The last two conversations in this section bring in the voices of two groups often underestimated as ecosystem change makers, people who produce, work with, and report data. In the first conversation, we speak with Tom Wehmeier, partner and head of insights at Atomico, and responsible for the State of European Tech report, and Gené Teare, senior data editor at Crunchbase News and the person who is single-handedly responsible for including gender (and soon ethnicity) data in one of the world’s biggest startup and funding databases. In our discussion, we unearth the multiple ways in which data can be used to put pressure on decision makers as a key part of building convincing narratives. Atomico’s development is a great example of this, as Tom shared with us:
Atomico’s founding thesis back in 2006 was, “Great companies can come from anywhere.” And that is what we have learned. We have spent more time understanding the industry issues around D&I, that “anywhere” really means “by anyone in any location.” The more we have spent time understanding this, the more it has reinforced and strengthened our conviction in that initial thesis, specifically, our resolve to back underrepresented talent in tech.
In the last discussion in the ecosystem section, we are in conversation with Amy Lewin (editor of the European startup news platform Sifted) and Steve O’Hear (formerly of TechCrunch); together we discuss the important role that journalism should play in keeping the DEI agenda front of mind through consistent and sustained reporting.
The final section is focused on potentially the most powerful change makers in the tech ecosystem, rarely seen and often presumed to be standing on the sidelines: asset owners, limited partners (LPs), and policy makers. Our first conversation is with three LPs—from institutional investor the Mellon Foundation, Monica Spencer; from US investor WeAct Ventures, Darya Henig Shaked; and from European fund of funds investor Isomer Capital, Savitri Tan—about both their power and responsibility to diversify their investments. While a general willingness to wire money to a more varied pool of managers surely pertains, Savitri explains how the path dependency of LPs is remarkable.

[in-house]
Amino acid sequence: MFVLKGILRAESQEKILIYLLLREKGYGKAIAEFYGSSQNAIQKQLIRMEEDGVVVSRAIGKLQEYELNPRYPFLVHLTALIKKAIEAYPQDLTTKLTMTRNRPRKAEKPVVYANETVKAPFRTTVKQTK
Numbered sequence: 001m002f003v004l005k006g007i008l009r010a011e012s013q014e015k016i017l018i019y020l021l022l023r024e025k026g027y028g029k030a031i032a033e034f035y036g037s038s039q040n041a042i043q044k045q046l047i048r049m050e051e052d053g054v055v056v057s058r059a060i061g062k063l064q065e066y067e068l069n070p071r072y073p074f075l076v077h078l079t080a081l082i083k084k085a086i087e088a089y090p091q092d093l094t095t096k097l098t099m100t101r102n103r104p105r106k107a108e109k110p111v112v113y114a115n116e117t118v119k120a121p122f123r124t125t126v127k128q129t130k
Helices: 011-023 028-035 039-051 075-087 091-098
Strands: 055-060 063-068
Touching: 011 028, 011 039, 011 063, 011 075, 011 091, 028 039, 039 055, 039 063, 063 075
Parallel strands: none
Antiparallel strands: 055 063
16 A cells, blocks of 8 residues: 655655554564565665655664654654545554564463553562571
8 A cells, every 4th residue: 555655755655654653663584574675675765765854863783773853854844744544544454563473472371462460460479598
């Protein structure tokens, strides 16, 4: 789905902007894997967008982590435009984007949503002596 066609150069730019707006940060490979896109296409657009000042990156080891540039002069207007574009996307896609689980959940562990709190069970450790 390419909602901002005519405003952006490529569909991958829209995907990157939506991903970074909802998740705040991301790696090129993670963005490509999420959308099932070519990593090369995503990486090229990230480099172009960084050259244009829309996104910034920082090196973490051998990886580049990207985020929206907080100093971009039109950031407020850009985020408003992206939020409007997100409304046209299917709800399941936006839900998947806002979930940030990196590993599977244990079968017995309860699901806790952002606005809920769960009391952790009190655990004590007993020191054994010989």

The decision that we make to invest, and then the long-term partnership journey that we embark on with managers to help them build their firms, have a ripple effect. Early decisions as a result of questions and challenges will become ingrained as processes in the future funds of these managers, so asking questions, monitoring over time, and working together with managers from their earliest years makes a huge difference in how they approach raising and managing their next funds.
Our second conversation is with Suzanne Gauron and Anna Skoglund, the team that leads Goldman Sachs’s effort to put more money into the hands of Black female founders via the One Million Black Women program and more broadly diverse entrepreneurs through Launch with GS. Goldman Sachs was the most high-profile financial institution to put real money to work, especially to support underrepresented VC managers—something that we hope can inspire others to follow.
Our final conversation in this section, is with three “lobbyists” and policy makers in Europe—representatives from startup and VC groups from the UK (Gurpreet Manku from the British Venture Capital Association) and Germany (Gesa Miczaika, who is an elected representative for the German Startups Association and an investor at Auxxo, a recently launched Berlin-based VC fund) as well as from the French government’s startup initiative (the former head of La French Tech, Kat Borlongan)—for their perspectives on what associations can do to agitate and press for reform. We were surprised that beyond gender, there was very little sense of wanting to apply any pressure from these groups.
We were happy that almost all people who were trying to push for change in the industry were willing to talk to us; however, after finishing the conversations in Part III: Best Practices, we were left with a weird feeling: Is this going to be good enough? Why, if people in positions of power are already doing things differently, are the important partner-level statistics not changing? Our frustration led us to reach out to some less obvious vectors of change, outside of the established industry players. Instead of concluding here as we planned, the final part of the book will consider how these players are looking to build off the current progress and spark further change in the industry.